Memory Loss and Aging

Healthy Aging
on August 13, 2011
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Age-related memory loss occurs for a number of reasons, including natural deterioration of brain tissue over time, limited mental stimulation and socialization, and more. Though these lapses in memory can be upsetting, the Mayo Clinic assures readers, “Normal age-related memory loss doesn’t prevent you from living a full and productive life.” Studies show that natural age-related memory loss can even be slowed or stopped by simple mental exercises or by increased activity levels. However, it is important to know what’s considered normal with memory loss in aging and what may require medical intervention.

What memory loss is normal. Have you ever looked all over the house to find your glasses, only to discover they’ve been sitting on your head the whole time? Perhaps you’ve misplaced your grocery list and discover it sitting next to your keys on the table, or forget the name of a co-worker or acquaintance. These are examples of normal age-related memory loss — minor lapses that do not significantly interfere with everyday life.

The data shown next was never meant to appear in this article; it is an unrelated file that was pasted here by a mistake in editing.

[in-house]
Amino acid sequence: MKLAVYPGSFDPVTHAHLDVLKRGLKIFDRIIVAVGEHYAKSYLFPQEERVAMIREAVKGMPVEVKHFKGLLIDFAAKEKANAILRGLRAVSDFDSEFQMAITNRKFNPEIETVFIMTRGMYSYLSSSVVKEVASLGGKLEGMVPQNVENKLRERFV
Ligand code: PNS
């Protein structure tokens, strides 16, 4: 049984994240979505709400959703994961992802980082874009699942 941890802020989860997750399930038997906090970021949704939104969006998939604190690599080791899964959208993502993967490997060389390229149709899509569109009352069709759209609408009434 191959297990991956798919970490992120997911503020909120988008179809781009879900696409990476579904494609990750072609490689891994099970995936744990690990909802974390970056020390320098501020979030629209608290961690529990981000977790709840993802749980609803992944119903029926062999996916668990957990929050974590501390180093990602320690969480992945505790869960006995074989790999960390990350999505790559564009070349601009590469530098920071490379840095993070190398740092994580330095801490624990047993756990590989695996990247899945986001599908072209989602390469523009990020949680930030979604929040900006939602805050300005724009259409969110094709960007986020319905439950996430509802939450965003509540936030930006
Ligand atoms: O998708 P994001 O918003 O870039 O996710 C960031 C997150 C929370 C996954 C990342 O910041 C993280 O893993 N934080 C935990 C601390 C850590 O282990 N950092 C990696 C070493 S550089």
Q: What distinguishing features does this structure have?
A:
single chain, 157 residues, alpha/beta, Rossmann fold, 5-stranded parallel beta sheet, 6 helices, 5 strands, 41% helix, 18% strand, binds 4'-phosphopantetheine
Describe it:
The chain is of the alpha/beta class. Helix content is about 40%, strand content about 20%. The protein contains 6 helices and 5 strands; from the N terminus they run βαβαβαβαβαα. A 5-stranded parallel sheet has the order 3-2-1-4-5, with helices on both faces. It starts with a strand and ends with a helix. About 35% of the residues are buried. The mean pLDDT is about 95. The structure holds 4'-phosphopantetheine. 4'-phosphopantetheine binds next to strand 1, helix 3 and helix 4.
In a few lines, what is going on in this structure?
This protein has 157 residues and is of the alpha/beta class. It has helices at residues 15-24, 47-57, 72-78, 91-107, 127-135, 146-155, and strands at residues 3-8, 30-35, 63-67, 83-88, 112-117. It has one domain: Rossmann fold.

When to seek help. Beyond normal age-related memory loss, there is minor cognitive impairment, and beyond that there is the possibility of dementia and Alzheimer’s disease. While most people live their entire lives with relatively healthy memories, it is good to be alert to the danger signs of serious memory issues. It’s OK to forget the keys, but if you find yourself confused about what they’re used for, even for a moment, then you may need to schedule an appointment with your doctor. People in the early stages of Alzheimer’s may discover that they forget simple things like how to drive or how to use a can opener.

Monitoring memory loss. If you feel that you may be experiencing abnormal memory loss, then monitoring may be necessary. You can schedule an appointment with your doctor for a memory test now and another in six to 12 months, or you can begin to journal the types of things you’re forgetting and when. If the frequency, duration and severity of memory lapses significantly increase, treatment may be necessary.

Found in: Healthy Aging